Nokia is showing signs that it has turned around its fortunes following the sale of its ailing cellphone unit to Microsoft. The slimmed-down Finnish company said today that it made a third-quarter net profit of 747 million Euros ($950 million) of the year, compared with a 91 million Euros loss in the same period last year. Also Read - Nokia C20 Plus budget smartphone launched: Check specs, price and other details
The result beat expectations and Nokia Corp. stock rose more than 3.6 percent to 6.75 Euros in late trading in Helsinki. The profit came despite a 1.2 billion Euro impairment charge following revaluing the HERE mapping and locations services. Also Read - Nokia C01 Plus with an upgraded processor and bigger battery launched
CEO Rajeev Suri said he was pleased to note strong growth in Nokia’s three remaining operations networks, mapping and software. Revenue in the third quarter grew 13 percent to 3.3 billion Euros, from 2.9 billion a year earlier. Also Read - Apple’s Craig Federighi admits the level of Mac malware is not acceptable, iOS fairs better
Suri said he was particularly satisfied by the performance of the key networks sector, which recorded near-record profits. He added that the division, which accounts for 90 percent of Nokia’s total sales, is expected to record a full-year operating margin of 11 percent, up from the earlier estimate of 5 to 10 percent.
Neil Mawston from Strategy Analytics near London said Nokia had clearly benefited from ridding itself of the handset unit that had been unable to meet the challenges posed by Apple’s iPhone and Samsung, as well as cheaper Chinese competitors.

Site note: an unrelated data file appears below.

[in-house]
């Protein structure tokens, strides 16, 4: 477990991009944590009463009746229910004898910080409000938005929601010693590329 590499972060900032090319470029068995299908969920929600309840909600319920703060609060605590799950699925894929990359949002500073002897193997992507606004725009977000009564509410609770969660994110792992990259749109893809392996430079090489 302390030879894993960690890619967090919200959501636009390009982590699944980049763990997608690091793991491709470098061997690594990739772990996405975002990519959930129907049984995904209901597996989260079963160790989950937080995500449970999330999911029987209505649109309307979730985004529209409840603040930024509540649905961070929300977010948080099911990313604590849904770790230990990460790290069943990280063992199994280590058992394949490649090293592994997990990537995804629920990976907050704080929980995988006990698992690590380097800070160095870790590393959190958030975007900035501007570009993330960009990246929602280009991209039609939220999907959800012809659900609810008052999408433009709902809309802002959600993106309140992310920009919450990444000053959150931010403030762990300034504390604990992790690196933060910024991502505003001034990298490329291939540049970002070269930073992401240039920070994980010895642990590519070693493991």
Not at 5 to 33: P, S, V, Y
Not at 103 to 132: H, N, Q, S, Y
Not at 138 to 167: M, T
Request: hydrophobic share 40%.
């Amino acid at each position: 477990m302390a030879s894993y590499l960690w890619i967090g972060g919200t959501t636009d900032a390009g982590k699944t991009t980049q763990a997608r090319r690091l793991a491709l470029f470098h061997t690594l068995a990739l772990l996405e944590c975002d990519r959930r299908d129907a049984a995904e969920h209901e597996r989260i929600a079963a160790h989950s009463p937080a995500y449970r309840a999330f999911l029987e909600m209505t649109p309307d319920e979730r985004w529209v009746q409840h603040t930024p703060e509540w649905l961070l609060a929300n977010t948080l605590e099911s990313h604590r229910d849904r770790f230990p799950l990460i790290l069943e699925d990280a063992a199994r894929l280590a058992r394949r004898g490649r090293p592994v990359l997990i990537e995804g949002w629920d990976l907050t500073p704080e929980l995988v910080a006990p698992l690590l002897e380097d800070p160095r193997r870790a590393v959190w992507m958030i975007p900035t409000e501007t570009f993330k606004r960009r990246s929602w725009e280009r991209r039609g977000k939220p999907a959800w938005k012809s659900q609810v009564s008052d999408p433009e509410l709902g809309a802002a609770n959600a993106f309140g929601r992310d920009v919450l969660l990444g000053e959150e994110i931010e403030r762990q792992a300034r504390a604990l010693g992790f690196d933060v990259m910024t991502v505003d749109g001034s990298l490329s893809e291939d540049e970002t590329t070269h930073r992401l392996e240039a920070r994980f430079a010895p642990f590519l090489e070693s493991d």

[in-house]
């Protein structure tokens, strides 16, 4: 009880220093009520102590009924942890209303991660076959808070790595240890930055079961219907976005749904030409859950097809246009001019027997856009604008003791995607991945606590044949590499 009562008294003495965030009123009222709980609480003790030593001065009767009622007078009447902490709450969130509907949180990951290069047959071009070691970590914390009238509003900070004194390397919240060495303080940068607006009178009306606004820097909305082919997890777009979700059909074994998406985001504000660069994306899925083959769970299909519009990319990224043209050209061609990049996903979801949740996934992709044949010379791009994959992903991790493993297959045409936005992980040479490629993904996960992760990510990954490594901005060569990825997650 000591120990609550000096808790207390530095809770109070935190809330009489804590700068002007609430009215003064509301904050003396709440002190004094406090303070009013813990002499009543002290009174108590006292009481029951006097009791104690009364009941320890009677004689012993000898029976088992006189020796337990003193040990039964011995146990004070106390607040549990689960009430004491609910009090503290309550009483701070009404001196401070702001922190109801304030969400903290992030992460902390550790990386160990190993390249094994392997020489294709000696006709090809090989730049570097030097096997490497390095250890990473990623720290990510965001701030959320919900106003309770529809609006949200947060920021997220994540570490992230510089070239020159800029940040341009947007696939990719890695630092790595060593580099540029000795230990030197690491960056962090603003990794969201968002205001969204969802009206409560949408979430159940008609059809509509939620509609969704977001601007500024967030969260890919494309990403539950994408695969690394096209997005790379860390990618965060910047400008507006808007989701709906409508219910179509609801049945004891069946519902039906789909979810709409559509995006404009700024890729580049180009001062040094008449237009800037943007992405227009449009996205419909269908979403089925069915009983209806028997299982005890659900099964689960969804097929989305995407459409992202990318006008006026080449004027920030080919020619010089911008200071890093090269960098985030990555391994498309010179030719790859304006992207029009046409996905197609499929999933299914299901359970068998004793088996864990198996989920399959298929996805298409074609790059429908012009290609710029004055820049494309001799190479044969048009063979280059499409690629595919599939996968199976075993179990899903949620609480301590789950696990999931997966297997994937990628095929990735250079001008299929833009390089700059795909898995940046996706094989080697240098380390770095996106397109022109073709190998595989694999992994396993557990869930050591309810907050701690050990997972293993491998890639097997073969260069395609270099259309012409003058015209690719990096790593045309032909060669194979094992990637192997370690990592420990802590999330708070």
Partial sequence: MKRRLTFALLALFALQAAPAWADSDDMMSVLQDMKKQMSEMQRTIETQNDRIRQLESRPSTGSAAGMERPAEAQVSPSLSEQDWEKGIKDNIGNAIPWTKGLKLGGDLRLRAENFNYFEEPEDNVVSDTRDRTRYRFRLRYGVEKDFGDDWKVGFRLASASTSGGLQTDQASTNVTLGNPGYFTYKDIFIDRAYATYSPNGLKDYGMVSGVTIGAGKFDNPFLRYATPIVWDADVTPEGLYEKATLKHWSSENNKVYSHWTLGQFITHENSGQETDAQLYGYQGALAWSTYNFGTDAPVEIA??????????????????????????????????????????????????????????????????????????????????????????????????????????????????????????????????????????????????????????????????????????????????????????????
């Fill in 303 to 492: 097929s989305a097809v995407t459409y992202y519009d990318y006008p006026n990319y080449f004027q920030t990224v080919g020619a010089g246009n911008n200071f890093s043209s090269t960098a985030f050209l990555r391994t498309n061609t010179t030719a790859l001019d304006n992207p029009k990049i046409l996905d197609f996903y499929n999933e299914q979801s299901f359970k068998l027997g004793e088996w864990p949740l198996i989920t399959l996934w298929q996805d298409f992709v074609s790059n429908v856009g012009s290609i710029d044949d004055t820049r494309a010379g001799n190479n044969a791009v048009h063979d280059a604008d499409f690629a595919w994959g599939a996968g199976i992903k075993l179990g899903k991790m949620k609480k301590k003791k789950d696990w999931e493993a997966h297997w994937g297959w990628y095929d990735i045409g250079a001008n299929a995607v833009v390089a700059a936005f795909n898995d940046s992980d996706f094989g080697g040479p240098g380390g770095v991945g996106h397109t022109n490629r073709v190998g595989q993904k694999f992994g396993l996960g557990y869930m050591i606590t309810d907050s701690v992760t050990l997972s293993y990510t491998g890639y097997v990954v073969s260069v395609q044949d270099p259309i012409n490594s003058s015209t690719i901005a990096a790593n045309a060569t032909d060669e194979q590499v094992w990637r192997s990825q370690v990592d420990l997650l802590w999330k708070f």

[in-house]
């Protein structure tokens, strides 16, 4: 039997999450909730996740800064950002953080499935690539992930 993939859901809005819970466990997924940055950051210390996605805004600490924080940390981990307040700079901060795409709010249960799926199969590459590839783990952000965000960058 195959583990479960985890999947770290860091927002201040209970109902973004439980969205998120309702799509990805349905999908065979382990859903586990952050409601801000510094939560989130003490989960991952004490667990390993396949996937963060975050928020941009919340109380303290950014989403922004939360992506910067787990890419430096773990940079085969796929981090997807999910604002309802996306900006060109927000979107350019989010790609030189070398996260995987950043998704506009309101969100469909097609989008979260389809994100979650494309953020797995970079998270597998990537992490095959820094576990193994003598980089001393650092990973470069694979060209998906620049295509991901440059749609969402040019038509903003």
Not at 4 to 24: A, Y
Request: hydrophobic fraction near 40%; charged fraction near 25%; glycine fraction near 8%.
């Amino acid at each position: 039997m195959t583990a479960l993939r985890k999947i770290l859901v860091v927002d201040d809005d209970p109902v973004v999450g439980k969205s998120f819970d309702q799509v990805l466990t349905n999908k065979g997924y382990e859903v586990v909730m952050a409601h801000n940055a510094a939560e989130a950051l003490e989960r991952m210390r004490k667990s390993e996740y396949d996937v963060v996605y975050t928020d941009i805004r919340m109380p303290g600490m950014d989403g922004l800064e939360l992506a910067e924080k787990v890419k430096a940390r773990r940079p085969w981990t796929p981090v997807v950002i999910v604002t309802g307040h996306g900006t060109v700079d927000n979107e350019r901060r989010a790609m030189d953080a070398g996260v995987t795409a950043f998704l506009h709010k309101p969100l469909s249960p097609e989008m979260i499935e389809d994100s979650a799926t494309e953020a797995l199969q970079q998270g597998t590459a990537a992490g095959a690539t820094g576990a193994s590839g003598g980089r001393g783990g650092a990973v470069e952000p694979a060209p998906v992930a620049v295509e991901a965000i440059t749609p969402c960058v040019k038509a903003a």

“Profits were up fairly strongly. Now that they’ve shaken off the phone side of things, Nokia is able to operate more freely and is doing better,” Mawston said. “The mobile broadband operations are giving them a lift up and they should be doing well.”
Mawston cautioned that the networks market is “highly cyclical” and that Nokia needs to continue to control costs. The company said annual expenditures for continuing operations were expected to be 250 million Euros this year, up from an earlier estimate of 200 million Euros. Also, it said investments in technologies and patent licensing “will take time to come to fruition.”
Suri, who joined Nokia in 1995, took over as CEO in May after the completion of the $7.2 billion sale of the handset and services unit to Microsoft. He said the company would continue to develop its mapping and locations services, providing HERE maps, which has a near 80 percent global market share, for phones using the Android operating system, as well as previously providing Samsung users with Nokia maps.
Today, Nokia appointed Sean Fernback as president of the mapping and location services division. He joined the company from TomTom in 2014.